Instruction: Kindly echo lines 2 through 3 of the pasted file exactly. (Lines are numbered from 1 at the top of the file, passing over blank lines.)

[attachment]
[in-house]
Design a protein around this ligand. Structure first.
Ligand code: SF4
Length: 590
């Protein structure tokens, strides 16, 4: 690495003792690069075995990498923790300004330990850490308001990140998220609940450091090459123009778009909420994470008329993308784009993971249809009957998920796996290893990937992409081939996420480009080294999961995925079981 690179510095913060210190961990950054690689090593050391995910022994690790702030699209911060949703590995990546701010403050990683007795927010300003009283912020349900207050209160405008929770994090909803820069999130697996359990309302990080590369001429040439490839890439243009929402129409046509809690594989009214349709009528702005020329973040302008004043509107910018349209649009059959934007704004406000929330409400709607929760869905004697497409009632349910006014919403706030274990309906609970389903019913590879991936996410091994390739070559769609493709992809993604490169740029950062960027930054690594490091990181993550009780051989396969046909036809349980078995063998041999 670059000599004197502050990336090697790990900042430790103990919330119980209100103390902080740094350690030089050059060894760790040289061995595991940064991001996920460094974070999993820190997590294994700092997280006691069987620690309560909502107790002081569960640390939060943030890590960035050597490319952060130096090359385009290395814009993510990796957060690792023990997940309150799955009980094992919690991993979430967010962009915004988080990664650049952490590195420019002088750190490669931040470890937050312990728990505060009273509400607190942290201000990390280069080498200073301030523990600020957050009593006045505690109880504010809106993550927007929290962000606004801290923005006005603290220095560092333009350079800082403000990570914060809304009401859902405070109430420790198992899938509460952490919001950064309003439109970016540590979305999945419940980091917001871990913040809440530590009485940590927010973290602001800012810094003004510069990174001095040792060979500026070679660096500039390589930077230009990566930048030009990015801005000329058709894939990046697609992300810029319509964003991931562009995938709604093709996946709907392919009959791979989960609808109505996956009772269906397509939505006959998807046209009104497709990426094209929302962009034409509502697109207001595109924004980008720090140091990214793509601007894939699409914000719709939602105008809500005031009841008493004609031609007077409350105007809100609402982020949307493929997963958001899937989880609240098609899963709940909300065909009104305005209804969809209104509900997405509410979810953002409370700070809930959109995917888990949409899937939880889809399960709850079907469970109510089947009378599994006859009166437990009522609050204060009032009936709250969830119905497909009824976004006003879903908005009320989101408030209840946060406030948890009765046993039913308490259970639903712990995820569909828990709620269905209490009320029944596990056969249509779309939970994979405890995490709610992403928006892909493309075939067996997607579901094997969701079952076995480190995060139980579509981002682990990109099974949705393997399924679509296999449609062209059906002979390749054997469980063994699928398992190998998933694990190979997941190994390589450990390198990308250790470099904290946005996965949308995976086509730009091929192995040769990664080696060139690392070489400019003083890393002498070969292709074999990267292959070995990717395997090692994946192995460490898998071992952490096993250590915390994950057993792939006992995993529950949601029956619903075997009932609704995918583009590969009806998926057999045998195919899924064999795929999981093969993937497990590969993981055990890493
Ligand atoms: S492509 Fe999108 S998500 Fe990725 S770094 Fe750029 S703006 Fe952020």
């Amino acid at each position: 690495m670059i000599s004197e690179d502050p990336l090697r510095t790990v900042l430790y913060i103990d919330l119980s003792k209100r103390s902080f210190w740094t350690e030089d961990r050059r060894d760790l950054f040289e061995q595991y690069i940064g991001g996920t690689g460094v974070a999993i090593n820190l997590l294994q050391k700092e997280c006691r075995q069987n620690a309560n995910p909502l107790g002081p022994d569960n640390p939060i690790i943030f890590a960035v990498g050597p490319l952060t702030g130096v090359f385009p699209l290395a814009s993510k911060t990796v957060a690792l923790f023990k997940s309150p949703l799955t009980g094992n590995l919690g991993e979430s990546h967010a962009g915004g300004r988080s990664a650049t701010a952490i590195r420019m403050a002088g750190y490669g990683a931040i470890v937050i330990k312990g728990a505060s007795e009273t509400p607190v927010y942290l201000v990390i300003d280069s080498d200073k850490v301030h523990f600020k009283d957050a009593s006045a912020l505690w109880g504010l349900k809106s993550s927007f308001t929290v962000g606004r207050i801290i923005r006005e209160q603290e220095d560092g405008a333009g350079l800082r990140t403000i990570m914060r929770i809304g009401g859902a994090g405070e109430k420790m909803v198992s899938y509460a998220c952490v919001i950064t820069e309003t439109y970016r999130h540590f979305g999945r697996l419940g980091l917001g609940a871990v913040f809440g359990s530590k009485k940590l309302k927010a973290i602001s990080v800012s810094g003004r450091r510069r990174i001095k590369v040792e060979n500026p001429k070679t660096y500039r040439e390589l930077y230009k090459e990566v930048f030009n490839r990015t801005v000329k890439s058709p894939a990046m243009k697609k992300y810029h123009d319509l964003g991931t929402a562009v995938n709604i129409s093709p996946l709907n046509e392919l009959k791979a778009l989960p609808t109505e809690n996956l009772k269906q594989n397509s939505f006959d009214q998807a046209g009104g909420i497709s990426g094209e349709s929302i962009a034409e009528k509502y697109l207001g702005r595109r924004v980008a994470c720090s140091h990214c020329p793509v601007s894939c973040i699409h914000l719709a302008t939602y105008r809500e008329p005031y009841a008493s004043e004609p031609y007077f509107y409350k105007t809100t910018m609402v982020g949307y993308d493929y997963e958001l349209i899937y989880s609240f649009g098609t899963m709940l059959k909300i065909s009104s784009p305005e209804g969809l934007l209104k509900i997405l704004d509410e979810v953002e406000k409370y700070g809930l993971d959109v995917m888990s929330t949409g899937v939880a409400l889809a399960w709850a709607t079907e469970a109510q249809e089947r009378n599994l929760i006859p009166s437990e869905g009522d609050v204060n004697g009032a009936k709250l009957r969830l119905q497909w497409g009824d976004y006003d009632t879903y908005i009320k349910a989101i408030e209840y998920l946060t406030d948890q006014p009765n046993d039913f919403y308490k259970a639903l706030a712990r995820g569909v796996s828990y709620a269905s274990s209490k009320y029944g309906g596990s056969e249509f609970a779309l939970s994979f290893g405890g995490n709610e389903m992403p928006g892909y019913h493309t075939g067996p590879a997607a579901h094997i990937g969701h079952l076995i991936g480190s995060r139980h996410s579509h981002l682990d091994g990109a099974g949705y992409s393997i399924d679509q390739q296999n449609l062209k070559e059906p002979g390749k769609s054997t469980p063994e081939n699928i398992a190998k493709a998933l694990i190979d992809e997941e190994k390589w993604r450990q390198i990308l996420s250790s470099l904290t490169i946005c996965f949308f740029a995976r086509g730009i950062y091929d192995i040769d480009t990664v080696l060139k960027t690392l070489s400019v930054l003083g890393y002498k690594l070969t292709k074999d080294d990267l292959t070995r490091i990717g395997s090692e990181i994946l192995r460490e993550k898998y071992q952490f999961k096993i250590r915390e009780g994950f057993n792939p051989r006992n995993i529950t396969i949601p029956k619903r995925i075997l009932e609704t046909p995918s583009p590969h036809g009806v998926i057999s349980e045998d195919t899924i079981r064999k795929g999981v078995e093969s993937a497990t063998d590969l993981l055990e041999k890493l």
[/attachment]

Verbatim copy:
Design a protein around this ligand. Structure first.
Ligand code: SF4